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Anxiety and shyness at school

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Dear Dr. Pat,

My 10-year-old niece is so sensitive that she is afraid to ask for anything at school. She cries if she needs to ask a question or for something as simple as needing a piece of paper. She has friends but the other children are beginning to ignore her. What can her parents do?

Dr. Pat responds:

She is suffering from extreme shyness or anxiety. At her age it is unlikely to just disappear on its own.

There are some things that your niece and her parents can do. Maybe you can help too.

  • She can learn ways to calm her body, such as deep breathing and muscle relaxation.
  • Changing the way she thinks can help her calm her mind.

Deep breathing is a good way to relax the body. Most people who are anxious have very shallow breathing. We call deep breathing "belly breathing" because it makes you fill up your lungs so your belly sticks out a bit. If she practices belly breathing, she will calm her body. If she gets dizzy when deep breathing, she should breathe slower.

She may think that horrible things will happen if she speaks up. But she may not even know what she is thinking. She needs to learn to say things to herself that will calm her down. She might say things like "Everything will be OK if I ask the teacher," or "Nothing bad will happen if I ask a question."

Learning what to do won't work if she doesn't ask the teacher. Facing fear is the only way to overcome it.

She can practice asking her teacher by pretending with her mom. Doing it many times will help.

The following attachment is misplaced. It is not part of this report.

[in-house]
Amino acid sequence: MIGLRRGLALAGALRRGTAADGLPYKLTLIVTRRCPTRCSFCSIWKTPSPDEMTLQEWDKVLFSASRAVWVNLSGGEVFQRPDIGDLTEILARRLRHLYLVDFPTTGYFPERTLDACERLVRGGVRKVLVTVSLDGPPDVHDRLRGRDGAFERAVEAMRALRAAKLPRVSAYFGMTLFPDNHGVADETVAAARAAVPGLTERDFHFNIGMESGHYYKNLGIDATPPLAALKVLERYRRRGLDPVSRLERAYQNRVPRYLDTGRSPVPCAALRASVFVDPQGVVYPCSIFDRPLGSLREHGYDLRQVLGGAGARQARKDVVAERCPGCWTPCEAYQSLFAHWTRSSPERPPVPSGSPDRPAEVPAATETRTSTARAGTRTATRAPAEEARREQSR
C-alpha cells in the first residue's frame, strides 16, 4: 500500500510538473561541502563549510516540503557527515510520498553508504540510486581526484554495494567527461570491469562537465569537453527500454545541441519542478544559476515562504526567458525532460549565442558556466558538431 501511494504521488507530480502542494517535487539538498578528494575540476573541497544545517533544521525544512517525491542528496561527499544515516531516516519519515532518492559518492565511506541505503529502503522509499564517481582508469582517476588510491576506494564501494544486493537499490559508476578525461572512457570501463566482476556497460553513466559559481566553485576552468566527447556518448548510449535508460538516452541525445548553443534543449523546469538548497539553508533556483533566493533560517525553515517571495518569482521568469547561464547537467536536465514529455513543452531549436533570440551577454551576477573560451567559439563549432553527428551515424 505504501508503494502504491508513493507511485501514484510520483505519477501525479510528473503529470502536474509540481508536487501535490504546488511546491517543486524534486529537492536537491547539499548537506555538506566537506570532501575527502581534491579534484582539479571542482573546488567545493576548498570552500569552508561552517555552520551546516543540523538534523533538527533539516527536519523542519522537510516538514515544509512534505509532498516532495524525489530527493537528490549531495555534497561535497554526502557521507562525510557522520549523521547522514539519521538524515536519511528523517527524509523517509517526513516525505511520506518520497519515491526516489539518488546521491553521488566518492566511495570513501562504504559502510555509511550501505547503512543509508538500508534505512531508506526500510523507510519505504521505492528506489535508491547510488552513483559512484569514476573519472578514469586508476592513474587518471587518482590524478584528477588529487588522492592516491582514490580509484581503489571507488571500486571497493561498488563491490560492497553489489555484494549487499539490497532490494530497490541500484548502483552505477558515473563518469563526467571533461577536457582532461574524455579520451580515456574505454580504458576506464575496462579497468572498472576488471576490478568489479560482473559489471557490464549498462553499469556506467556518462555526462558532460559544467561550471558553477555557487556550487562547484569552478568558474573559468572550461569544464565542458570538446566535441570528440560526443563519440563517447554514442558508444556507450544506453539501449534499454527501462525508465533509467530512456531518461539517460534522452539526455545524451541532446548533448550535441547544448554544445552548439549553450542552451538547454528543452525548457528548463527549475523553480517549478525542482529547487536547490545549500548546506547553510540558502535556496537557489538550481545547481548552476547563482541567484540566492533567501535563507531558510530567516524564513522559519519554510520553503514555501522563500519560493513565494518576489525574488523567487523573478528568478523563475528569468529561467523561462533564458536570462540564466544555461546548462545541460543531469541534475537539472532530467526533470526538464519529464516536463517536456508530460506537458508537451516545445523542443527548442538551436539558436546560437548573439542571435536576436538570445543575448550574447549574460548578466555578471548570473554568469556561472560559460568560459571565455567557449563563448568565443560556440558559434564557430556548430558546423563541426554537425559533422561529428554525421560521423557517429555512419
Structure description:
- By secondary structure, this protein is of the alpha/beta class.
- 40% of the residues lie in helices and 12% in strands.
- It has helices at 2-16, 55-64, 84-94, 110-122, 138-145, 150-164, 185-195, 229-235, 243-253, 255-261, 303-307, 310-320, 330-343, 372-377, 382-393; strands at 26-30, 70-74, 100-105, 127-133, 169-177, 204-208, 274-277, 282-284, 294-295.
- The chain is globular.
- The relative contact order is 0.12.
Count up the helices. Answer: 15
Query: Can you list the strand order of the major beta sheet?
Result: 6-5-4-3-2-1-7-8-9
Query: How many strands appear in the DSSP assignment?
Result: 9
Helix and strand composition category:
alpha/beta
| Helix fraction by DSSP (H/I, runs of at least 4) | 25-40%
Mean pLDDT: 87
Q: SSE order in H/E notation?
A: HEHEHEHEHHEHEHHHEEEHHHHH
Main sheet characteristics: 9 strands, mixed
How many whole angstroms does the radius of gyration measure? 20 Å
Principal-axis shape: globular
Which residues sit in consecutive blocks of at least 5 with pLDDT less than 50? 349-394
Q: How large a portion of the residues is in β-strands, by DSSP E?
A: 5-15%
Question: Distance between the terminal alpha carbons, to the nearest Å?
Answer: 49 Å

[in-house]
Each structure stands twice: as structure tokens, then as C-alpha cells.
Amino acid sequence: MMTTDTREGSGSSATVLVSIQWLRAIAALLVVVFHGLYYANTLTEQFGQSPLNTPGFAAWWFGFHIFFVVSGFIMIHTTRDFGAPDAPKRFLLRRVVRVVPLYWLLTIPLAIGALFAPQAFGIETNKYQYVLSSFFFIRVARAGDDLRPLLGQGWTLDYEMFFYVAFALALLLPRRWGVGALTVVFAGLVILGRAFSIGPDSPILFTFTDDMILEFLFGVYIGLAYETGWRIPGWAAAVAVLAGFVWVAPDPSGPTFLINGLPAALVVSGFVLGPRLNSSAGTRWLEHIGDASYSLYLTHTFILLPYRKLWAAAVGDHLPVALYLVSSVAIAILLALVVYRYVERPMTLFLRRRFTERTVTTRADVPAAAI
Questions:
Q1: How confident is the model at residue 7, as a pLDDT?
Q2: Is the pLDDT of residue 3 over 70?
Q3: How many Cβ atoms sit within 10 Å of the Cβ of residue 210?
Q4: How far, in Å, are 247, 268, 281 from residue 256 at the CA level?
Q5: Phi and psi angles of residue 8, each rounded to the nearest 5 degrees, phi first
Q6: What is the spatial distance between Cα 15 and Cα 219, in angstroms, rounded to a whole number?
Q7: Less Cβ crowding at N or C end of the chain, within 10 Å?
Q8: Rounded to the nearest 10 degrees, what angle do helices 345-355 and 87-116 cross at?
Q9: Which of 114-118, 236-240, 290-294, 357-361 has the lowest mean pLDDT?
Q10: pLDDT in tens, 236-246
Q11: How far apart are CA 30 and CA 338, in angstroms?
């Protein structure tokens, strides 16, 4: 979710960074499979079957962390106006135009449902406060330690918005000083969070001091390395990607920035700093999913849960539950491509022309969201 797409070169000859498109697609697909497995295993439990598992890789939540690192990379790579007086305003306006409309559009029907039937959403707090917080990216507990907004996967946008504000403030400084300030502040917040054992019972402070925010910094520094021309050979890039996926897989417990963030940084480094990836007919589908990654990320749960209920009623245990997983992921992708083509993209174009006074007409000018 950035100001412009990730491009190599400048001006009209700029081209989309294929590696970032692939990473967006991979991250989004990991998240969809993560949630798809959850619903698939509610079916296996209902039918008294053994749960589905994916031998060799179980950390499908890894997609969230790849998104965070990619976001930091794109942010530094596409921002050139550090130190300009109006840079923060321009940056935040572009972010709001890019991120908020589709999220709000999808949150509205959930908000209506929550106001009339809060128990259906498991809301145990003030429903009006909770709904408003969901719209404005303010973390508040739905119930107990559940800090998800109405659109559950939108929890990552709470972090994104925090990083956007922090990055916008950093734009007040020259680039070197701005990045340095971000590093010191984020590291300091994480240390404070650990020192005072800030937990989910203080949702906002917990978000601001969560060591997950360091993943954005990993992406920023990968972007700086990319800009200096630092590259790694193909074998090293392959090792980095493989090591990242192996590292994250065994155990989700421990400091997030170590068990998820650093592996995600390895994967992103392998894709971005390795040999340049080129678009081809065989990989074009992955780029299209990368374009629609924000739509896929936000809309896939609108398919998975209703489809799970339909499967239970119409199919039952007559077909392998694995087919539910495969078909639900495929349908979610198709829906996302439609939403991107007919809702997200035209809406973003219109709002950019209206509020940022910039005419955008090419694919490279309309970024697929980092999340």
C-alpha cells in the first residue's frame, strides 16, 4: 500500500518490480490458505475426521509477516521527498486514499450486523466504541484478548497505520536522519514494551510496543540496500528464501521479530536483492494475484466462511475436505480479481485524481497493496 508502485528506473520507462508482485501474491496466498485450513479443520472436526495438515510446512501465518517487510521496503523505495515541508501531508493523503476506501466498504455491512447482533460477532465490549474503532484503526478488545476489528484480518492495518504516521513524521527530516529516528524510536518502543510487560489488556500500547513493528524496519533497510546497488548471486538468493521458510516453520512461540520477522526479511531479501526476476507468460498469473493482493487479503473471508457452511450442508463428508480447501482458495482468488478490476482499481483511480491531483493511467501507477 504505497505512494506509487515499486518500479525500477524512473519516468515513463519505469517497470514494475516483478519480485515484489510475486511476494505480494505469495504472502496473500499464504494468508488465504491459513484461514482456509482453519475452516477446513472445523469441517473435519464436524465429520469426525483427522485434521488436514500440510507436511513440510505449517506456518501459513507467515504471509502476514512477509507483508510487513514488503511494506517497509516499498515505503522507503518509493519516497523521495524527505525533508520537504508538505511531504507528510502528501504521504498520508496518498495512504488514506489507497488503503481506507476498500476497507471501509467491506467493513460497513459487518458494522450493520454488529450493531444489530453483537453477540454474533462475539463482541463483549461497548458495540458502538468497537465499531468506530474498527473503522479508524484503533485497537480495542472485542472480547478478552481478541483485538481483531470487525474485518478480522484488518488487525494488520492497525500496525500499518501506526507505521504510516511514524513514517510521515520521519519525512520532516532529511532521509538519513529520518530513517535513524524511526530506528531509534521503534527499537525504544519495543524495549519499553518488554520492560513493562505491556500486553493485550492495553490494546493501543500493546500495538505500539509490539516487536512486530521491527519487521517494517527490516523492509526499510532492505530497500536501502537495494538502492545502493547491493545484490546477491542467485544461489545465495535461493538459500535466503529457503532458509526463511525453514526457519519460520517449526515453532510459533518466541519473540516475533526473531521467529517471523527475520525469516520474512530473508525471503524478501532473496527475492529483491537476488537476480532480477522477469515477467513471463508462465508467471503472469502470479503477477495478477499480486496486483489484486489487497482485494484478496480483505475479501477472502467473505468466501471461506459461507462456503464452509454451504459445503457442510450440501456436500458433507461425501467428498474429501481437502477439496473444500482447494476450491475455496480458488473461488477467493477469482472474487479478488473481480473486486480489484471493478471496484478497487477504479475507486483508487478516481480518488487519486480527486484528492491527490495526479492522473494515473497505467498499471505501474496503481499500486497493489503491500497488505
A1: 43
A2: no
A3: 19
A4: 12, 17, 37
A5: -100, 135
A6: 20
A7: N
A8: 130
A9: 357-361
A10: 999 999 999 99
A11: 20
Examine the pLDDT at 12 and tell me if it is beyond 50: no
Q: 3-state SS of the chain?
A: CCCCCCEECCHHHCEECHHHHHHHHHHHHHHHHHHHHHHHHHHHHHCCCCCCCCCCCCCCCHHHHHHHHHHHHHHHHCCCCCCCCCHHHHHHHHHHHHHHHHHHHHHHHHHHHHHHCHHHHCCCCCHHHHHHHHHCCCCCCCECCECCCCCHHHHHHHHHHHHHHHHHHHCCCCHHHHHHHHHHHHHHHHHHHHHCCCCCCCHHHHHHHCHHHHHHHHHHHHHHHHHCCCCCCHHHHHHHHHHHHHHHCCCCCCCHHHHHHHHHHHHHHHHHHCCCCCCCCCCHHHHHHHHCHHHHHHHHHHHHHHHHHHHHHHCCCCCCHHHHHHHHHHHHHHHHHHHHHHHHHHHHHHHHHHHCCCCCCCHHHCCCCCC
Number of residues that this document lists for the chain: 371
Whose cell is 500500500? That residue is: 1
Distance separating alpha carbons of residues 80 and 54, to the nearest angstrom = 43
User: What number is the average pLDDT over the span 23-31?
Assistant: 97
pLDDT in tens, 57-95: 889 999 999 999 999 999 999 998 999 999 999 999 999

She can use her imagination. She can imagine herself feeling afraid in the classroom. Then she can relax her body and her mind. And imagine asking questions.

It would be helpful for her mom to talk to her teacher as well. Maybe they can practice a few times without other kids around. Her teacher can make it a bit easier for her to speak up. But she has to speak up to overcome her fear.

This sounds easy but it is hard. She and her parents will need your support. A psychologist could help your niece and her parents.

Selective serotonin reuptake inhibitors (SSRIs) can sometimes be helpful in various forms of anxiety, even in children. Some of the newer anti-depressants have also been used. 

Patrick J. McGrath OC, PhD, FRSC is a clinical psychologist and a researcher. He is Professor of Psychology, Pediatrics, and Psychiatry at Dalhousie University and Vice President - Research at IWK Health Centre in Halifax. He is also the CEO of the Strongest Families Institute, which provides mental health care to families across Canada.

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Dr. Pat will respond to as many letters as possible with evidence-based answers. We hope that the column will be interesting and helpful for readers; however, Dr. Pat cannot provide health care through the column. Please contact a physician or other registered health care professional to provide health care guidance or advice.